Institute for European, Russian and Eurasian Studies
European Union Certificate Program
Students who successfully complete 15 credits in courses dealing with the European Union as part of their EES program are qualified to receive a Certificate in European Union Studies. The Certificate is offered by the American Consortium of European Union Studies (ACES), a Washington-area consortium of institutions consisting of GW, Georgetown University, George Mason University, American University and the Nitze School of Advanced International Studies of the Johns Hopkins University. With the advice of the Program Director, students may take courses on the European Union at any of these institutions and count them as part of their 40-credit EES program at the Elliott School. Only courses specifically designated by ACES as courses on the European Union will count toward the Certificate. Consult the Program Director or the ACES website for a listing of courses.
The following GW courses can be applied toward the certificate:
IAFF 6321 Cornerstone Colloquium: Europe and Eurasia
IAFF 6338 The European Union
IAFF 6338 Transatlantic Partnership in the 21st Century
IAFF 6338 Turkey's Place in Europe
IAFF 6339 EES Capstone **counts if students write their research paper on the European Union
IAFF 6505 European Union Foreign Policy
PSC 6360 Western European Politics
PSC 6361 Politics of European Integration
PSC 6364 Governments and Politics of Eastern Europe
PSC 6465 International Politics of Eastern Europe
Promoting Arctic Urban Sustainability
June 4-5, 2015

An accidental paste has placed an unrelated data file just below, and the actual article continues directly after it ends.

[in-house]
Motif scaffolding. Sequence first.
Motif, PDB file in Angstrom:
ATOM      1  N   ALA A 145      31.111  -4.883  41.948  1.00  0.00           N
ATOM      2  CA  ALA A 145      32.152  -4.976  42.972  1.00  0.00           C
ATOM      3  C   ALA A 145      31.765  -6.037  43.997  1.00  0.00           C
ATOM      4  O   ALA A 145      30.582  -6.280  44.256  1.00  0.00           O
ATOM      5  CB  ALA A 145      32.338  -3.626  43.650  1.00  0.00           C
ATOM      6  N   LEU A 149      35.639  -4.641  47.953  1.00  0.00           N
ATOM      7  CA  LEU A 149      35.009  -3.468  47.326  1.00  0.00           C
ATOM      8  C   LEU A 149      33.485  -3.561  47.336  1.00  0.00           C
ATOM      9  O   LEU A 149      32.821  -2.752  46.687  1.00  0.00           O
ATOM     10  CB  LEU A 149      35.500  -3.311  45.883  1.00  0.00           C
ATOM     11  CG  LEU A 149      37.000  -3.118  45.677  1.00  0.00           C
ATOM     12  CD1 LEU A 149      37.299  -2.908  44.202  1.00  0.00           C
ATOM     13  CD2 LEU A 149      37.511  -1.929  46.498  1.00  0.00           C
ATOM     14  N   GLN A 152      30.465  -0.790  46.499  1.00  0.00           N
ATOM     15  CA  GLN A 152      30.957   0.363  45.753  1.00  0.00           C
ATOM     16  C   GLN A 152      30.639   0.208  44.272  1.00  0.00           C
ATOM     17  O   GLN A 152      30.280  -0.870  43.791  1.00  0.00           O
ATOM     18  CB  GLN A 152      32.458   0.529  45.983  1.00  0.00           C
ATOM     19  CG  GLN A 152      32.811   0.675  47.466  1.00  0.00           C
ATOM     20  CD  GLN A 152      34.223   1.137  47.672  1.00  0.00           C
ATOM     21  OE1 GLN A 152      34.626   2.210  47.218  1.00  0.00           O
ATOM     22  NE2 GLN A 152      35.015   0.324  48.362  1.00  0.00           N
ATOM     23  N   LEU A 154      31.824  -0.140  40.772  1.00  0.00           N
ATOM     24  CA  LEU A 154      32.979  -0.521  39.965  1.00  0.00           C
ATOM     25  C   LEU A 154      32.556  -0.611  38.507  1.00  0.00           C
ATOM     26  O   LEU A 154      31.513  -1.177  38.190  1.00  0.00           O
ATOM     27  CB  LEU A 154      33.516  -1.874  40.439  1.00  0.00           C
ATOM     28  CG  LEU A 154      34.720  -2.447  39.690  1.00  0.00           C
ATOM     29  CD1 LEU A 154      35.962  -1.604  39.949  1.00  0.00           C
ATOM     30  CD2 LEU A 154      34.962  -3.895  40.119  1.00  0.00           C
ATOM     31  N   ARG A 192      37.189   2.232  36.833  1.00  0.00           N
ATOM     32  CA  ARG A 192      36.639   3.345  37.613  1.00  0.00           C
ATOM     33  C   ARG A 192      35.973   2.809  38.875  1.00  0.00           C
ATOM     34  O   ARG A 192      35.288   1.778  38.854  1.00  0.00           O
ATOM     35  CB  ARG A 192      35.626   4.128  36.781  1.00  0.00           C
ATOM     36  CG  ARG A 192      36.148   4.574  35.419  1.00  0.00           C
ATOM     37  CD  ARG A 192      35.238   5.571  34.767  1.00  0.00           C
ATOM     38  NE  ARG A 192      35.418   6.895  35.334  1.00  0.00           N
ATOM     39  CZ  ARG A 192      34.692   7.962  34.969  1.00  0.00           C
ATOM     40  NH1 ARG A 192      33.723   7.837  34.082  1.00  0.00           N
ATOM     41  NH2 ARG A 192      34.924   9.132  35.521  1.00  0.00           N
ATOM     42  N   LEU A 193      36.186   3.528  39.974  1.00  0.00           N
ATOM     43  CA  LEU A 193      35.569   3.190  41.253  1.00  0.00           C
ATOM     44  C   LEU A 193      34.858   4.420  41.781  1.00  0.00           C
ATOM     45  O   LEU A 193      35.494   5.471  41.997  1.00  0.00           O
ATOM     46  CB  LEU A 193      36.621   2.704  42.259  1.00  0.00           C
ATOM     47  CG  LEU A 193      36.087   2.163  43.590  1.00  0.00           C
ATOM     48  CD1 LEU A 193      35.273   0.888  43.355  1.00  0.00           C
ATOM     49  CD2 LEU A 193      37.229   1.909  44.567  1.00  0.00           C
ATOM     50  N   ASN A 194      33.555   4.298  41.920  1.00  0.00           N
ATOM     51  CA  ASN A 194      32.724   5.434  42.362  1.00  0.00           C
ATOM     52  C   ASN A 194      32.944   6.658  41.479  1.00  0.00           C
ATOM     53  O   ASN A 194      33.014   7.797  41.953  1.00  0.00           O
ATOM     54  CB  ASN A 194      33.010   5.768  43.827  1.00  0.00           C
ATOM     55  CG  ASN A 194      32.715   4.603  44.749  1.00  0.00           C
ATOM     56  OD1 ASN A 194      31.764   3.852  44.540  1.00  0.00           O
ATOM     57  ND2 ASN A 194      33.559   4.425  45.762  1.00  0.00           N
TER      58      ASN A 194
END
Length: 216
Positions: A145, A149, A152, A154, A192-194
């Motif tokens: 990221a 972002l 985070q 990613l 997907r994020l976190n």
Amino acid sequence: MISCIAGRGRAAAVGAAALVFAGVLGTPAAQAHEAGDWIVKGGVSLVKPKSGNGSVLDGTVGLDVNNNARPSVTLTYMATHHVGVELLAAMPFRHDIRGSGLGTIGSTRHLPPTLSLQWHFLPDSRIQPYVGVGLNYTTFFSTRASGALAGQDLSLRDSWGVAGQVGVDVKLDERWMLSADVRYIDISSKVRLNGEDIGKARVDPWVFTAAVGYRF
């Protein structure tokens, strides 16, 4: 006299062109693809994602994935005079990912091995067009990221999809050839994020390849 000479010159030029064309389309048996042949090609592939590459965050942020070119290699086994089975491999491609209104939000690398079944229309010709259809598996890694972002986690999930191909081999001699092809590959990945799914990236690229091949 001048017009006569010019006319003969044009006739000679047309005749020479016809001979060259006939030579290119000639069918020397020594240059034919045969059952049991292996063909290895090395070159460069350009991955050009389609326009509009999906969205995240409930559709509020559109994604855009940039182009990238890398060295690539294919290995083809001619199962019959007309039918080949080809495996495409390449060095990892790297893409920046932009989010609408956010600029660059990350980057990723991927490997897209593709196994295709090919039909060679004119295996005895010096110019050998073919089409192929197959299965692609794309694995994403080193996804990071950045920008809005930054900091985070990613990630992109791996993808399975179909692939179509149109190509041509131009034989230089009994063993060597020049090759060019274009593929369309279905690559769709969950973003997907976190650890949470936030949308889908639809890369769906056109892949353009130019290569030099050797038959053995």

NATO after Crimea
June 11, 2015
Professor Marlene Laruelle writes article on Russia's interaction with far-right European groups in the most recent Russian Analytical Digest.
Professor Henry Hale co-authors piece on Russians' opinion of Ukraine in the Washington Post's blog The Monkey Cage.
Professor Marlene Laruelle interviewed by Steppe Dipatches on Central Asian states' relations with Russia and China.
Professor Sebastien Peyrouse publishes article on Central Asian states' management of religion on Eurasianet.org.
Professor Marlene Laruelle publishes op-ed entitled "The Power of Soft Power in Kazakhstan" in the Monkey Cage blog of the Washington Post.
Professor Cory Welt is a guest editor (and co-authors the introduction) of a special issue of Problems of Post-Communism on Russian foreign policy.
Alexander Reisenbichler publishes an article on the creation of the Financial Stability Forum in the Review of International Political Economy.
Professor Kimberly Morgan and Alexander Reisenbichler (a former IERES PhD fellow) publish a chapter entitled "The German Labor Market: No Longer the Sick Man of Europe" in an e-book on the German economy. Other contributters include Peter Hall, Philippe Schmitter, and many others.
Professor Marlene Laruelle publishes article on recent presidential elections in Uzbekistan on eucentralasia.eu.
Professor Marlene Laruelle authors article on US sanctions on Alexander Dugin in Foreign Affairs.